3. Adobe After Effects - Our main program for motion and animation. It’s always improving and the regular updates help us work faster.
  4. Cinema 4D - We use this for 3D modelling, textures, lighting and tons of other visual effects. These days we can use it to render a 3D model in real-time instead of waiting 2-5 minutes. It’s a game-changer.
  5. Unreal and Unity - These are great programs that allow us to add elements, change backgrounds and even the lighting in real-time. The speed and the power are most impressive and there’s no rendering time which helps our workflow a lot.

Pinterest is serving up some inspiration on a team member's desktop.

Creative Signals is a series of interviews with leading creatives. Stay tuned for our future interviews with people from multiple creative disciplines, who share their experiences, expertise and tools of the trade.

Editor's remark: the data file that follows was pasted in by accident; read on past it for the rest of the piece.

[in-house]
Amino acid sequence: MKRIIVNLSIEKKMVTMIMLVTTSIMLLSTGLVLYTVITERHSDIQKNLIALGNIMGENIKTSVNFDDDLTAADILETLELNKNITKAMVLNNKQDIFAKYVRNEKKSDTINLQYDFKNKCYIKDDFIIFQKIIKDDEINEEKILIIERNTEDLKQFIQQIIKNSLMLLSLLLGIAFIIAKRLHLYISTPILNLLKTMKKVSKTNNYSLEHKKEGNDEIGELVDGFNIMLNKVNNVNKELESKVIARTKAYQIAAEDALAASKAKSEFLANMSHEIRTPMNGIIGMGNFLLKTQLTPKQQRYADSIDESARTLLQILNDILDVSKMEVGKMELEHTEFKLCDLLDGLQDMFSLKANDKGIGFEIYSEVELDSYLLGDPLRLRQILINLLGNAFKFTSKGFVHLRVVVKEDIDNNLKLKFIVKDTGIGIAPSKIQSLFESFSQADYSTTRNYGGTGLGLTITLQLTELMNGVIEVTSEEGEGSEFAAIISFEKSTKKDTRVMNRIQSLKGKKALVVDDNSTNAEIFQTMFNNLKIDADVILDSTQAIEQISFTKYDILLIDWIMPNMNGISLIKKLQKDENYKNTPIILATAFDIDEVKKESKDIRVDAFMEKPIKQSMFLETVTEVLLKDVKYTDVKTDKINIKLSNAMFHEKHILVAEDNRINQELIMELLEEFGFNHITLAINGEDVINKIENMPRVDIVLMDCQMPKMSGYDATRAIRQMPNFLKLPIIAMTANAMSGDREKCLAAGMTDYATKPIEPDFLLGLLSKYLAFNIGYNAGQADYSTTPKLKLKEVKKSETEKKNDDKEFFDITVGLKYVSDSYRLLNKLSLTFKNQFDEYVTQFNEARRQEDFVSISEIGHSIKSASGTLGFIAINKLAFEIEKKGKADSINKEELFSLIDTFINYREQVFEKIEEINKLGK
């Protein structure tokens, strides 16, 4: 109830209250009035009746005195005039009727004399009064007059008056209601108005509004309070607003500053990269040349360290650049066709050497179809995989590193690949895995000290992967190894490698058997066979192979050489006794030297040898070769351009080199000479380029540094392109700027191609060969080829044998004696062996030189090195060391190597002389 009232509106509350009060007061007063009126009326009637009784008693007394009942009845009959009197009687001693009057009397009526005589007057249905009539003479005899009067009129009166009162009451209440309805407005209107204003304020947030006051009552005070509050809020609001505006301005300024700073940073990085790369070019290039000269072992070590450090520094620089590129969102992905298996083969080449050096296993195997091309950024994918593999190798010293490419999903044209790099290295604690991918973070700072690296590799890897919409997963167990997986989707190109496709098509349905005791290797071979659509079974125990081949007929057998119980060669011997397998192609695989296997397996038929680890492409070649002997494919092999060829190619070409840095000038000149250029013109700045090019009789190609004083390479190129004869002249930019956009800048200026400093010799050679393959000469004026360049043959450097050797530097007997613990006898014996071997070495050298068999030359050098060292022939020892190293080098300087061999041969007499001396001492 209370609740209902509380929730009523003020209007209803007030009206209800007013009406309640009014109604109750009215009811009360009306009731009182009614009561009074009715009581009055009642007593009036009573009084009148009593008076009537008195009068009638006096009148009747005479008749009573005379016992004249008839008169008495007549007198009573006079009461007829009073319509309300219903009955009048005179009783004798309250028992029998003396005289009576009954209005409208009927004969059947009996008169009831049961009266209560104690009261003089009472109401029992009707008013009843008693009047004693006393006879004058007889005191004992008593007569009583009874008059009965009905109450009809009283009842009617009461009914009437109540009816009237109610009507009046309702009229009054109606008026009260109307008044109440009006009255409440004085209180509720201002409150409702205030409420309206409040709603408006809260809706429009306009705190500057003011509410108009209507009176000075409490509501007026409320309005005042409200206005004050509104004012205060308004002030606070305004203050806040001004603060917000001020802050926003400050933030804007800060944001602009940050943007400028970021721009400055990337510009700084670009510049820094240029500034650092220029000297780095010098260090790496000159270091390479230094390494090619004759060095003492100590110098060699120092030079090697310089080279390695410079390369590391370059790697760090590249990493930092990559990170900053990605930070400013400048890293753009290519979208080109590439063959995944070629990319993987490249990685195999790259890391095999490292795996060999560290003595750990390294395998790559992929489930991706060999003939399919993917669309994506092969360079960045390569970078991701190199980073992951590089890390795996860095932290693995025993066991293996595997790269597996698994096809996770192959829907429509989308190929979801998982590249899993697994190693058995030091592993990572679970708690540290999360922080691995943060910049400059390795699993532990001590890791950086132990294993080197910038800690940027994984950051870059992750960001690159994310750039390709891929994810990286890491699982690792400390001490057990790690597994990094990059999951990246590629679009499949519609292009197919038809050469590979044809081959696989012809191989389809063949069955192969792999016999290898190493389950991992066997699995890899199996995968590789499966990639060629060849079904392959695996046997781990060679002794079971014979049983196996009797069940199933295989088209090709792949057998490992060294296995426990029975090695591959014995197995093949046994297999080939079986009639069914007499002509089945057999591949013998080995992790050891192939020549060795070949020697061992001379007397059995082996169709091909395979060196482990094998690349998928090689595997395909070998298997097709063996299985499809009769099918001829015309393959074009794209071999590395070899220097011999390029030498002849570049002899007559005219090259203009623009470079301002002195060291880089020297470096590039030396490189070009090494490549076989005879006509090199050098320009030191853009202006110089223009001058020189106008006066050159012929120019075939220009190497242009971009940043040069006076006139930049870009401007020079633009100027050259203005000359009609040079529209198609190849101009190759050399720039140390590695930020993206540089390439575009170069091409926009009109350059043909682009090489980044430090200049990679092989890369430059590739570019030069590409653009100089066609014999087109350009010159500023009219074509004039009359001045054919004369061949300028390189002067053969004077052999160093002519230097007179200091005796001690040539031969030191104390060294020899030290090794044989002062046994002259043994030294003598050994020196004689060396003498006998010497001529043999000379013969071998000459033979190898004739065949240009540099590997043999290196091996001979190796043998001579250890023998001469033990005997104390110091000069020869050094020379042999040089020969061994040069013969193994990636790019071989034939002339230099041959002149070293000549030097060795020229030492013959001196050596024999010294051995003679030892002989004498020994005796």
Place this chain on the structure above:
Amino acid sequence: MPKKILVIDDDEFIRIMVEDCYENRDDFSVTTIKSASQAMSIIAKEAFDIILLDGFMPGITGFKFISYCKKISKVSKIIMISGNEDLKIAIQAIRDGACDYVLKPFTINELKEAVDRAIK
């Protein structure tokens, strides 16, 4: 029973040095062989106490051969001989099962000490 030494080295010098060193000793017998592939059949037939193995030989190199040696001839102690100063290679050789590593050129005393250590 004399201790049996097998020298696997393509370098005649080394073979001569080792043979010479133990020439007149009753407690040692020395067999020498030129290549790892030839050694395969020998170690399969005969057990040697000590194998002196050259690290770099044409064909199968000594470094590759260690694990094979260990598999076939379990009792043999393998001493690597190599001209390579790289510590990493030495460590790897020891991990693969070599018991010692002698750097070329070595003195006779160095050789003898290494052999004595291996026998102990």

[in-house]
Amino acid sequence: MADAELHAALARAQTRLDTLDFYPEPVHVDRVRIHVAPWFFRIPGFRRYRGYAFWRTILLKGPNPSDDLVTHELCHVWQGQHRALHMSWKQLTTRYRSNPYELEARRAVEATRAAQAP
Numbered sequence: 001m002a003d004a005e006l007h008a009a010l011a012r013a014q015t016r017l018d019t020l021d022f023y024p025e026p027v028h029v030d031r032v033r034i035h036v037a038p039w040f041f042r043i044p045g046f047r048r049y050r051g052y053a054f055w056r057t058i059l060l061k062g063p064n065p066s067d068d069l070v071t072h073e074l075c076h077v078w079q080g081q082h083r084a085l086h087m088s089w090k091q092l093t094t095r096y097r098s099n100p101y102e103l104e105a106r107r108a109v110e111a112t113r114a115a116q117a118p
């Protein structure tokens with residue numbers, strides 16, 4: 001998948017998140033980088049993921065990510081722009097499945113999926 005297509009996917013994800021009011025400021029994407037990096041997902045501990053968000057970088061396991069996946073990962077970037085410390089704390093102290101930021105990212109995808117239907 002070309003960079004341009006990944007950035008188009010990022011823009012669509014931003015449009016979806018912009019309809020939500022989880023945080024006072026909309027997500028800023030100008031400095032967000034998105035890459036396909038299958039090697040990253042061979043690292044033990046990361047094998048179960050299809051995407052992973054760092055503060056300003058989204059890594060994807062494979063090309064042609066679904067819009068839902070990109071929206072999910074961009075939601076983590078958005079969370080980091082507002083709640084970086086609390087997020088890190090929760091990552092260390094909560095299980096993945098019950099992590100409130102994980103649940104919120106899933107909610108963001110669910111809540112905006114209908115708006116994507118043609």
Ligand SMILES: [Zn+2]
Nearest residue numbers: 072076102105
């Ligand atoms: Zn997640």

How Gimmick Studio creates motion designs that rock.

With clients including Doordash, Porsche and Spotify, the Montréal motion design studio co-founder Benoit Fortier says imperfection and a punk rock spirit are what makes their work stand out.

Luke Tyler
October 18, 2022

Benoit Fortier, Creative Director and Co-Founder at Gimmick Studio.

DS: Hey Benoit, tell us a bit about yourself and what you do …

Benoit: I’m a motion designer and creative director at Gimmick Studio, where we focus almost entirely on motion design. We do editing, illustration, 2D and 3D animation and typography, but we really specialize in motion to make all kinds of nice images move. We started Gimmick about five years ago, and before that, I was a freelance designer working mostly in motion design and web.